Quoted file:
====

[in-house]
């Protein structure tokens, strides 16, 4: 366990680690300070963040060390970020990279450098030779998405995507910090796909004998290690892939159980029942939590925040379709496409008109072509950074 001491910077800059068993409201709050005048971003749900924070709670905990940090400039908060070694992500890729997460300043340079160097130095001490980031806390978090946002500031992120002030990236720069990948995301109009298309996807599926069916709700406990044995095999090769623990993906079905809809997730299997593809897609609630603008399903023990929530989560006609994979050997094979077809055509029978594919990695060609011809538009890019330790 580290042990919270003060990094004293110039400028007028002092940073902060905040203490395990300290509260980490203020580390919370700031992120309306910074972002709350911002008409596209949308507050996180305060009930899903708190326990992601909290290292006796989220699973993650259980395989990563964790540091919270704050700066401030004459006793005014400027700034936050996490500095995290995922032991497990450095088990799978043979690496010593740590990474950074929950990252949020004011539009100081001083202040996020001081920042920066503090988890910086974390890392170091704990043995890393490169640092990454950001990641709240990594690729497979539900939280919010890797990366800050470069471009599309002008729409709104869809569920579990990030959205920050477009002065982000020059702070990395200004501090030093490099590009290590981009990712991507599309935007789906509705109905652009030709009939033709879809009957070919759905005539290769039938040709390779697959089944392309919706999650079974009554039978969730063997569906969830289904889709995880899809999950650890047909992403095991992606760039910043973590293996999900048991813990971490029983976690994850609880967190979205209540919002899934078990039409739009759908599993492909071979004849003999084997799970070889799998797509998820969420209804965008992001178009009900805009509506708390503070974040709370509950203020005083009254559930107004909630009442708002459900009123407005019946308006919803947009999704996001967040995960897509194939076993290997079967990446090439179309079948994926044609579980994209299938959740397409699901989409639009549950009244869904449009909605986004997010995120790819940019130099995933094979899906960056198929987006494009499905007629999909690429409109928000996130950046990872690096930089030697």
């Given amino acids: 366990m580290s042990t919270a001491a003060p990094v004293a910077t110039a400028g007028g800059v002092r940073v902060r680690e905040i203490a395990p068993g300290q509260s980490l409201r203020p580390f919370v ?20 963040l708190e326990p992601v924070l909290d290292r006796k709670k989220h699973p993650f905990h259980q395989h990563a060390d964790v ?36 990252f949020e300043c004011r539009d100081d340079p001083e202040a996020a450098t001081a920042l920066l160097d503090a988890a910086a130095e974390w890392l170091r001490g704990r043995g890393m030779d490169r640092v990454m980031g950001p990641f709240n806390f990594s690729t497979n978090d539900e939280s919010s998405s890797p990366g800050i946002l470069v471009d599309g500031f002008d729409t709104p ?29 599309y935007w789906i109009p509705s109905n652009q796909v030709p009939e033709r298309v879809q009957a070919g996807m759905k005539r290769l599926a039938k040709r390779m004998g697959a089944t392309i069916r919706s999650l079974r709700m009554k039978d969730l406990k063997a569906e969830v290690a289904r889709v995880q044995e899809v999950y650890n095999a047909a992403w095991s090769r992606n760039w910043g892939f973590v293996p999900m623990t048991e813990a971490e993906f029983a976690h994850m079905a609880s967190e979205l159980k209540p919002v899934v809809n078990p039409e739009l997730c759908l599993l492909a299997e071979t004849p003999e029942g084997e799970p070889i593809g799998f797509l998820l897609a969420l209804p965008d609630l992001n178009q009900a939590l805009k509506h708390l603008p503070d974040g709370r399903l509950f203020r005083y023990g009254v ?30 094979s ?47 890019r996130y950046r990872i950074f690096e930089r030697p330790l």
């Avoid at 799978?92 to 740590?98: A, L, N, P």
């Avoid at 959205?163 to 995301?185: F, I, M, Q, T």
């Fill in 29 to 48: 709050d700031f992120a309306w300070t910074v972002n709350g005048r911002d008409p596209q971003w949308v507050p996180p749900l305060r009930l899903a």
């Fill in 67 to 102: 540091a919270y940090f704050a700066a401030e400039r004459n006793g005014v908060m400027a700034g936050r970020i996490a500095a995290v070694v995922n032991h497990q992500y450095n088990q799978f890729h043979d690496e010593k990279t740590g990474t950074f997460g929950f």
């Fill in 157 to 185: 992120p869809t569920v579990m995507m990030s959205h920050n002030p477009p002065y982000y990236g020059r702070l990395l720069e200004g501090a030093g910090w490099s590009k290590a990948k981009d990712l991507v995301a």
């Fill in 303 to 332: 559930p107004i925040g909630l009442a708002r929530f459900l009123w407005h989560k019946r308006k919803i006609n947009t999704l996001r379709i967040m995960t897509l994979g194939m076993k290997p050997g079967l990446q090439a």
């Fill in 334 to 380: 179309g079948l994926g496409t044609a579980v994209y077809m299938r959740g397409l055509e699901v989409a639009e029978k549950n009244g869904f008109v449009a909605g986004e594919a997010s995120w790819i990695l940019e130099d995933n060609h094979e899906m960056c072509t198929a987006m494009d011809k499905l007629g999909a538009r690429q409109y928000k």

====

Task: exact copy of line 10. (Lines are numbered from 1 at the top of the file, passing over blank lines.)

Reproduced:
């Fill in 334 to 380: 179309g079948l994926g496409t044609a579980v994209y077809m299938r959740g397409l055509e699901v989409a639009e029978k549950n009244g869904f008109v449009a909605g986004e594919a997010s995120w790819i990695l940019e130099d995933n060609h094979e899906m960056c072509t198929a987006m494009d011809k499905l007629g999909a538009r690429q409109y928000k």